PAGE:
There are a number of different weight-loss programs used in America. Diets, exercise, and surgery represent just some of these methods. Over 30% of Americans were on diets in 2013, and about two-thirds were women. Because of this, the weight-loss market is generally aimed at women.

Because so many in the U.S. are feverishly interested in losing weight, the weight-loss market is rampant with fraud. The Food and Drug Administration has had to crack down on a great deal many products posing as legitimate mechanisms for weight loss. These fraudulent products have created a sort of hive U.S. mindset that weight-loss programs and products are a gimmick. Americans have dropped out of these plans at high rates, feeling program and product claims to be misleading. Additionally, because of the typically less than ideal health of people starting these programs, there are real risks of litigation if there are pre-existing medical problems before participation in weight-loss programs. Furthermore, businesses closely associated with the weight-loss industry are subjected to onslaughts of federal regulations affecting supplements.

Obesity in America shows no sign of slowing down, and because of this there is promise for the continued future growth and success of the fitness center industry, particularly at the expense of the less substantial and more fad-driven weight-loss industry.Finding Success in the Fitness Center Industry

Regardless of the size and type of fitness center, the following three points can guide fitness center success in 2014:

Focus on weight-loss programs- most members join fitness centers for the purpose of losing or maintaining weight

Emphasize high intensity interval training- the proven success of HIIT as a weight-loss method should be leveraged to retain memberships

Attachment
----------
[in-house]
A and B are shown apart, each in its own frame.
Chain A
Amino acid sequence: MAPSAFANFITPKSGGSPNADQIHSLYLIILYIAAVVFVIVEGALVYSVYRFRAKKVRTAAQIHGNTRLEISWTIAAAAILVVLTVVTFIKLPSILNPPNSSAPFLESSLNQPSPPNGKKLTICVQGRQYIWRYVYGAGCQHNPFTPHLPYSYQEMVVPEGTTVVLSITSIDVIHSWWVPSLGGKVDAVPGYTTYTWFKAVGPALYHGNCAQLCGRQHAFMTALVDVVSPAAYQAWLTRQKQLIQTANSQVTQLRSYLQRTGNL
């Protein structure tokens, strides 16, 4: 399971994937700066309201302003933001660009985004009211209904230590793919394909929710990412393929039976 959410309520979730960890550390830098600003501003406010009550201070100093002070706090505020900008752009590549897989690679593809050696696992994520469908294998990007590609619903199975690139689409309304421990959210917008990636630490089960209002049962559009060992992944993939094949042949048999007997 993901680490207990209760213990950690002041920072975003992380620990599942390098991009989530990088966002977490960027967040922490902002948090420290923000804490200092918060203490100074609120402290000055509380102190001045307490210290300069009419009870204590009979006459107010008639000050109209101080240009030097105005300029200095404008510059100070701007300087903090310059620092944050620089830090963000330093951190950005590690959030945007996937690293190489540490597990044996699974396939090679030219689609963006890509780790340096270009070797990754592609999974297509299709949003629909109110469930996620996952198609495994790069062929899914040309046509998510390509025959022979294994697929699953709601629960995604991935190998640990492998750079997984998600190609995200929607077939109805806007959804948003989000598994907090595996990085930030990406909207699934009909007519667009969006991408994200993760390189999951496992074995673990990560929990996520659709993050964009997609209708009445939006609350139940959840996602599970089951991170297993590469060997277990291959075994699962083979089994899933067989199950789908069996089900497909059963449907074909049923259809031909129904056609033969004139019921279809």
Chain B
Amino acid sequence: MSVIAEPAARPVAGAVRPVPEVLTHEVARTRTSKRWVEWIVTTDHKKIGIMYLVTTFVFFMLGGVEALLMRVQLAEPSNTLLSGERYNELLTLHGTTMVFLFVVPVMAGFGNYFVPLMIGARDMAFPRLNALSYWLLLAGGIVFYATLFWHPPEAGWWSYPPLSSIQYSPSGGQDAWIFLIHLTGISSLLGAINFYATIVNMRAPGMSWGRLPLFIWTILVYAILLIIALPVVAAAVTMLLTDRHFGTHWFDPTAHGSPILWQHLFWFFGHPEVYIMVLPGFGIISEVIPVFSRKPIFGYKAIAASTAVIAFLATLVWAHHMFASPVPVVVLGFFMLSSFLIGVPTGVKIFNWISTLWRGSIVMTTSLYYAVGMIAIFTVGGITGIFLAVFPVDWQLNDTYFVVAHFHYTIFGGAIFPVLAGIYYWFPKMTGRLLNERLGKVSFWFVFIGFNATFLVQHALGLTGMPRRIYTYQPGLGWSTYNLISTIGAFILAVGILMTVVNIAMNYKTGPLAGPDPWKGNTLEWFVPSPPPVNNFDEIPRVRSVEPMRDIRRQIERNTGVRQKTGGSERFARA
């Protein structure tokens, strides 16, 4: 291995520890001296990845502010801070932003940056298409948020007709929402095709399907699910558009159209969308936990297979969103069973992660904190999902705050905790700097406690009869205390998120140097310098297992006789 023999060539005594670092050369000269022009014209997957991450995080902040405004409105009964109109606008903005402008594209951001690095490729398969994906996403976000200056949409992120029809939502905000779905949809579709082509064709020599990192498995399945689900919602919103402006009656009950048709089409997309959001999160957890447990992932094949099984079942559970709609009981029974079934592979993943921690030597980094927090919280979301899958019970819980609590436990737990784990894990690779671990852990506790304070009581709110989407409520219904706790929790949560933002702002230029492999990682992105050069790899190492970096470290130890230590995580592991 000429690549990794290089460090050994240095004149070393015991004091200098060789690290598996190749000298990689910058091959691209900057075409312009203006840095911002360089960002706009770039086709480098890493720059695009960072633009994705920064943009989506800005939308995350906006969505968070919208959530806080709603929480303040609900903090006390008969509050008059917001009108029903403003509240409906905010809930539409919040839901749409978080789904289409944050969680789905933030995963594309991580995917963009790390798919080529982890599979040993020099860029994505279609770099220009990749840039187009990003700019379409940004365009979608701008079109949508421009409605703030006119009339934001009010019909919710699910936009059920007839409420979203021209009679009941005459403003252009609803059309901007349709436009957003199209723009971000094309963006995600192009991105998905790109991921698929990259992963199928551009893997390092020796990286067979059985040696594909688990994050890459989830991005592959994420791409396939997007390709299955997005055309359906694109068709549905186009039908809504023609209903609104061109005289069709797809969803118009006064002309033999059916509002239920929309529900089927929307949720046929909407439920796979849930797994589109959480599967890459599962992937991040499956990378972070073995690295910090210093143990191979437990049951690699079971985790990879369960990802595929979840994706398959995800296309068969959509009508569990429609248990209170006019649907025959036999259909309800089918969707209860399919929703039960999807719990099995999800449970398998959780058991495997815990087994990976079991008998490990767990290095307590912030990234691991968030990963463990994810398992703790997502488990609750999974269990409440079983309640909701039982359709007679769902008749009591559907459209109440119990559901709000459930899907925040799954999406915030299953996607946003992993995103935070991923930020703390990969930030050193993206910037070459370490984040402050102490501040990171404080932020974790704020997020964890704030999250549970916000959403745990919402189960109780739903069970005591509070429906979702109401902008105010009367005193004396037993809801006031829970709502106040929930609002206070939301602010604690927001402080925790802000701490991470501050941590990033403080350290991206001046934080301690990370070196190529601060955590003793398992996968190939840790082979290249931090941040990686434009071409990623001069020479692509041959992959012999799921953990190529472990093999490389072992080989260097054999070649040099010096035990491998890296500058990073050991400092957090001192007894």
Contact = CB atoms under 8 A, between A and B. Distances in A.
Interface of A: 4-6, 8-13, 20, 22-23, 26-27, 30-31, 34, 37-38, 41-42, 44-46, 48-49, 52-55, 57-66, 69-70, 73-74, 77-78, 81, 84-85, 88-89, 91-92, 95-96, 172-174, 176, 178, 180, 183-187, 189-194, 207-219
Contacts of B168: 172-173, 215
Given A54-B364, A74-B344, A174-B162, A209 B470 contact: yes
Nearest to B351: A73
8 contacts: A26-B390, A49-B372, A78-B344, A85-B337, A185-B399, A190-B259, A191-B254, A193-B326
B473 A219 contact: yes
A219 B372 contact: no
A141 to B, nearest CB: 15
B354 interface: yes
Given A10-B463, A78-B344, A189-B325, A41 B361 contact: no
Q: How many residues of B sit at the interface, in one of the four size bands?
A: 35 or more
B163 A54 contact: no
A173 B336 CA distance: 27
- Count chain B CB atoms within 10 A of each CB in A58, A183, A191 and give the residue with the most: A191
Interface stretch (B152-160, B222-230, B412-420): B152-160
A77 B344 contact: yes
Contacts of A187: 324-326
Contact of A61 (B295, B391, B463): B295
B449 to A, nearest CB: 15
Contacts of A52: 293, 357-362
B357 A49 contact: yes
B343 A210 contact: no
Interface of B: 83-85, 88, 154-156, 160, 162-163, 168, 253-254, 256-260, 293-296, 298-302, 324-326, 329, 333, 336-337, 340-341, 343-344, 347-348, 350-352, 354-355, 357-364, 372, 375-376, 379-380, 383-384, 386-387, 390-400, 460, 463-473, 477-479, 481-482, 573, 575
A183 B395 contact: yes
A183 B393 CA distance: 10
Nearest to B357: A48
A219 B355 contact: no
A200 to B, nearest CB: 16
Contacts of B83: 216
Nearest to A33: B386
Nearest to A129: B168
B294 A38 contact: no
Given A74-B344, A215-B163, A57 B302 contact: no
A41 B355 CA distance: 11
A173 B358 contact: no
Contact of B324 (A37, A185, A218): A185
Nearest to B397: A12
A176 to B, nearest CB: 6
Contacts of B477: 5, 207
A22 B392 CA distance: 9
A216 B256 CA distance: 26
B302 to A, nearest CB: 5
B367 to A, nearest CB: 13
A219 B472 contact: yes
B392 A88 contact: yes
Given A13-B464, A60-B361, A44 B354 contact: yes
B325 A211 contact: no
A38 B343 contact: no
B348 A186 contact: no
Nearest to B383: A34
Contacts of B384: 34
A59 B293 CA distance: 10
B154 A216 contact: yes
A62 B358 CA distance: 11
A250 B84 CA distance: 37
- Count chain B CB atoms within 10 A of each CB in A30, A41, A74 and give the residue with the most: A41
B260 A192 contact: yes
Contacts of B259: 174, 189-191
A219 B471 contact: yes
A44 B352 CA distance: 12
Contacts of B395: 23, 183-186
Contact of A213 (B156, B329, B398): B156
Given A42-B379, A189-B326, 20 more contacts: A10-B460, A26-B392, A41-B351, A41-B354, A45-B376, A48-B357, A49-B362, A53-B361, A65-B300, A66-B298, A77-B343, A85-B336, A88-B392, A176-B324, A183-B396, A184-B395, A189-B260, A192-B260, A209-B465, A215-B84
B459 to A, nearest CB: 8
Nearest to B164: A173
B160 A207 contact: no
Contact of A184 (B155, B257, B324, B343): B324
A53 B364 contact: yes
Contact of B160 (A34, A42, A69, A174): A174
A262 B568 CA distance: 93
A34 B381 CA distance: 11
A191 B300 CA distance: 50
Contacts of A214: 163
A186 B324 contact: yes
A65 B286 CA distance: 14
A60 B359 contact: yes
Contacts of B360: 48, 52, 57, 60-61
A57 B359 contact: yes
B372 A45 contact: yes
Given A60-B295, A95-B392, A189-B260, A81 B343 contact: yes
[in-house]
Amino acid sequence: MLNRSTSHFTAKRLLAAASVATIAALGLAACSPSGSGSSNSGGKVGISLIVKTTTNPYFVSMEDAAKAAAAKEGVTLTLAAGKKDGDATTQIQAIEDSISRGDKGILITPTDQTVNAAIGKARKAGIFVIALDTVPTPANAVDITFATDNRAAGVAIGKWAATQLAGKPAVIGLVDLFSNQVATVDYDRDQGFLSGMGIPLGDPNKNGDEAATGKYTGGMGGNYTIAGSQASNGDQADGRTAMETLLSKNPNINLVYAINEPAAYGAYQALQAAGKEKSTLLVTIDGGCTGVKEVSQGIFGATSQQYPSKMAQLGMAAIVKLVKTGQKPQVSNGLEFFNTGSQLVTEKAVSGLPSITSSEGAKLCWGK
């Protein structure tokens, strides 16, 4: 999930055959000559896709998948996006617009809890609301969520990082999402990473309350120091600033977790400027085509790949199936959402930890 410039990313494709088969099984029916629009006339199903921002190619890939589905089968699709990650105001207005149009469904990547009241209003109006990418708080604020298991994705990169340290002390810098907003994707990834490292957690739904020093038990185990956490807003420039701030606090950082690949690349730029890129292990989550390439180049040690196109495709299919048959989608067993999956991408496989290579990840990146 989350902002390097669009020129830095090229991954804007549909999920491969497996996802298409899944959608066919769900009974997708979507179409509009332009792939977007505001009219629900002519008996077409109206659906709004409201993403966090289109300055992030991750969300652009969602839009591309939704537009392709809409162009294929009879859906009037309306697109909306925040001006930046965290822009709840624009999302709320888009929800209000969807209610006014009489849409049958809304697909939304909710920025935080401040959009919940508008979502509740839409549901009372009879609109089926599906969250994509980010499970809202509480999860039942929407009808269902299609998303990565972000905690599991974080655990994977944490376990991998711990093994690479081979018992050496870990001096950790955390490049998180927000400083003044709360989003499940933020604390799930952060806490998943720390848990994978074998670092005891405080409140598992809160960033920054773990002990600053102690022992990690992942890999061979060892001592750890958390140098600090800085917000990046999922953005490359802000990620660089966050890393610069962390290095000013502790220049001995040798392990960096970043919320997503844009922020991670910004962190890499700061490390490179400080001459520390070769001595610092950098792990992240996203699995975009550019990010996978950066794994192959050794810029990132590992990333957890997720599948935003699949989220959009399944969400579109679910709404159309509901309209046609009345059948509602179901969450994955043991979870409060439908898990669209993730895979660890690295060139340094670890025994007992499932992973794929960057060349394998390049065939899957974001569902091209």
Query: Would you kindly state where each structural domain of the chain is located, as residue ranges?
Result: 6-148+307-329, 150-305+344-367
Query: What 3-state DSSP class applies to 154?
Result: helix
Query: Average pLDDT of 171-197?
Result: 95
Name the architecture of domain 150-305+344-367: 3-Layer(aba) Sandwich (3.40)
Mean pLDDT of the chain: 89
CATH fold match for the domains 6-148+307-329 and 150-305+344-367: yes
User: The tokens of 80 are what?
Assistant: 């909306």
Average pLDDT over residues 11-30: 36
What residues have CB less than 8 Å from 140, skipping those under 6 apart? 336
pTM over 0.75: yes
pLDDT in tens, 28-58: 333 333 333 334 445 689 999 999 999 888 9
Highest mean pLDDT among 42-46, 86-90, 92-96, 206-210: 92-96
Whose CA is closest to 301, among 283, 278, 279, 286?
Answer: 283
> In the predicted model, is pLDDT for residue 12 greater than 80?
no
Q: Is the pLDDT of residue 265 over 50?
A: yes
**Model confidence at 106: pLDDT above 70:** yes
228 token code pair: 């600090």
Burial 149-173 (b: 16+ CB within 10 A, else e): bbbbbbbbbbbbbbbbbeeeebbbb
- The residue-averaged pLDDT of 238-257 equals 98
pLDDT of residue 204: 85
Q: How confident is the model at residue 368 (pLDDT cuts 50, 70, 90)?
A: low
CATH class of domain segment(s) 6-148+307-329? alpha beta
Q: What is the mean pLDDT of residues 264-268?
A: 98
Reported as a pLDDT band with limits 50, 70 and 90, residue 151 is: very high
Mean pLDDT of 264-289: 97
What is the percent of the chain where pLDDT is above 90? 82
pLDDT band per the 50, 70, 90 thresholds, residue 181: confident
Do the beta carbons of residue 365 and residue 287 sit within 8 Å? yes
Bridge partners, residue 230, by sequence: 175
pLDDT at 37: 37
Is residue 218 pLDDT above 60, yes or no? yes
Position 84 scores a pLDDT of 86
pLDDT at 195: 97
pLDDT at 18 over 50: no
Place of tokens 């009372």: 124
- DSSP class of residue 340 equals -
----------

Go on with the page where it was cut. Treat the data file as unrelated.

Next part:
Embrace new technologies- equipment with modern amenities and features underscores the quality of the fitness center

Competition in the fitness industry is fierce. Big, all-inclusive clubs battle with small gyms and non-profits. Additionally, competition comes from other recreational activities as well as home fitness programs, such as the popular P90X and Insanity.

This is not to say competition is bad for the fitness center owner. Competition is good. It means more people are working out. It emphasizes the reality that, to stay strong in a competitive industry, fitness center operators must focus on what makes their club stand out.

The fitness centers that succeed to the highest degree are the ones that know who they are and do not try to be all things to everyone. They reinvest in their facility, update their equipment, and bring in the best staff- they do not compete on price alone. Above all else, they focus on customer service- placing an emphasis on ensuring they deliver an environment and services that will help their members meet their health and fitness goals.

Barnes Reports: Worldwide Fitness & Recreational Sports Centers (NAICS 71394). (2013). Worldwide Fitness & Recreational Sports Centers Industry Report, 1-106.

Fitness & Recreational Sports Centers Industry (NAICS 71394). (2013). United States Fitness & Recreational Sports Centers Industry Capital & Expenses Report, 1-216.

Williamson, M., & Tharrett, S. (2013). Emotional Quality and Service Quality Are Important in All Types of Clubs. Club Industry, 29(2), 58.
About the Author

10 years business experience; 2014 MBA candidate